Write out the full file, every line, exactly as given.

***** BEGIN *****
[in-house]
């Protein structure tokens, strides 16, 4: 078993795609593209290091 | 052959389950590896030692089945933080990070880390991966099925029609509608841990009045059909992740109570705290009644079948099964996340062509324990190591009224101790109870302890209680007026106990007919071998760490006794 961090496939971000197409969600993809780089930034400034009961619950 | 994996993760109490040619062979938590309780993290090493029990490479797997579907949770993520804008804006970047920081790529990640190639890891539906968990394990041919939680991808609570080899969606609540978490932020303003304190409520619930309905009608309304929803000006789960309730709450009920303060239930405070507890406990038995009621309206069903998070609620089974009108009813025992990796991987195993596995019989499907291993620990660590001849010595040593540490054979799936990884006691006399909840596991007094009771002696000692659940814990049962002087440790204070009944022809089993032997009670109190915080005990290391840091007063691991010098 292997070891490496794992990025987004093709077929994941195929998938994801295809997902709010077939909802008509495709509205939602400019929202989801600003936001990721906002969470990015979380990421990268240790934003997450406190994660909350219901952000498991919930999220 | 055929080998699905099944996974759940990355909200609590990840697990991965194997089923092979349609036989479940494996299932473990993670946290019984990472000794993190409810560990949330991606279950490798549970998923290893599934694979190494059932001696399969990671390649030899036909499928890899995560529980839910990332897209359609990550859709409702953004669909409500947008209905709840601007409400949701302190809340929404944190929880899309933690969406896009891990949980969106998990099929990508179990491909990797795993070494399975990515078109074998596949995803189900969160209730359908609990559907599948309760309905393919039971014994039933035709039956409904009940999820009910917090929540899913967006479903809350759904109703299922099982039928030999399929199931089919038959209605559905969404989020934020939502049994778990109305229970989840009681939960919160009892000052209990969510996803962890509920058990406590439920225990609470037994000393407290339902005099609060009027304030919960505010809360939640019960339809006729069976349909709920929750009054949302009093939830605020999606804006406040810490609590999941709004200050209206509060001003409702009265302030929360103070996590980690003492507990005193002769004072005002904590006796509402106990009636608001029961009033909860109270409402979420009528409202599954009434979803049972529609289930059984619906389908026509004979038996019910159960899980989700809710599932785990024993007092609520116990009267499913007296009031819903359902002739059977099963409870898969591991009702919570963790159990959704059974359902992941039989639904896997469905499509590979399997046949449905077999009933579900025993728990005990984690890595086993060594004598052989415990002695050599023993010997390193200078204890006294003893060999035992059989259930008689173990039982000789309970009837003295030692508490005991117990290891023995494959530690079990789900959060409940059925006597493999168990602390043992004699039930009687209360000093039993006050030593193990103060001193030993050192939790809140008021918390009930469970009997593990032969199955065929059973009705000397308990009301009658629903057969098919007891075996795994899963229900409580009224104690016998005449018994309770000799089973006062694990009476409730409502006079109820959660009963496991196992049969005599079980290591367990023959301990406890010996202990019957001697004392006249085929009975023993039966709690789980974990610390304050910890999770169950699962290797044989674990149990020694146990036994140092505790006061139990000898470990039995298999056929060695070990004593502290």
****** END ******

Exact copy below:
[in-house]
């Protein structure tokens, strides 16, 4: 078993795609593209290091 | 052959389950590896030692089945933080990070880390991966099925029609509608841990009045059909992740109570705290009644079948099964996340062509324990190591009224101790109870302890209680007026106990007919071998760490006794 961090496939971000197409969600993809780089930034400034009961619950 | 994996993760109490040619062979938590309780993290090493029990490479797997579907949770993520804008804006970047920081790529990640190639890891539906968990394990041919939680991808609570080899969606609540978490932020303003304190409520619930309905009608309304929803000006789960309730709450009920303060239930405070507890406990038995009621309206069903998070609620089974009108009813025992990796991987195993596995019989499907291993620990660590001849010595040593540490054979799936990884006691006399909840596991007094009771002696000692659940814990049962002087440790204070009944022809089993032997009670109190915080005990290391840091007063691991010098 292997070891490496794992990025987004093709077929994941195929998938994801295809997902709010077939909802008509495709509205939602400019929202989801600003936001990721906002969470990015979380990421990268240790934003997450406190994660909350219901952000498991919930999220 | 055929080998699905099944996974759940990355909200609590990840697990991965194997089923092979349609036989479940494996299932473990993670946290019984990472000794993190409810560990949330991606279950490798549970998923290893599934694979190494059932001696399969990671390649030899036909499928890899995560529980839910990332897209359609990550859709409702953004669909409500947008209905709840601007409400949701302190809340929404944190929880899309933690969406896009891990949980969106998990099929990508179990491909990797795993070494399975990515078109074998596949995803189900969160209730359908609990559907599948309760309905393919039971014994039933035709039956409904009940999820009910917090929540899913967006479903809350759904109703299922099982039928030999399929199931089919038959209605559905969404989020934020939502049994778990109305229970989840009681939960919160009892000052209990969510996803962890509920058990406590439920225990609470037994000393407290339902005099609060009027304030919960505010809360939640019960339809006729069976349909709920929750009054949302009093939830605020999606804006406040810490609590999941709004200050209206509060001003409702009265302030929360103070996590980690003492507990005193002769004072005002904590006796509402106990009636608001029961009033909860109270409402979420009528409202599954009434979803049972529609289930059984619906389908026509004979038996019910159960899980989700809710599932785990024993007092609520116990009267499913007296009031819903359902002739059977099963409870898969591991009702919570963790159990959704059974359902992941039989639904896997469905499509590979399997046949449905077999009933579900025993728990005990984690890595086993060594004598052989415990002695050599023993010997390193200078204890006294003893060999035992059989259930008689173990039982000789309970009837003295030692508490005991117990290891023995494959530690079990789900959060409940059925006597493999168990602390043992004699039930009687209360000093039993006050030593193990103060001193030993050192939790809140008021918390009930469970009997593990032969199955065929059973009705000397308990009301009658629903057969098919007891075996795994899963229900409580009224104690016998005449018994309770000799089973006062694990009476409730409502006079109820959660009963496991196992049969005599079980290591367990023959301990406890010996202990019957001697004392006249085929009975023993039966709690789980974990610390304050910890999770169950699962290797044989674990149990020694146990036994140092505790006061139990000898470990039995298999056929060695070990004593502290």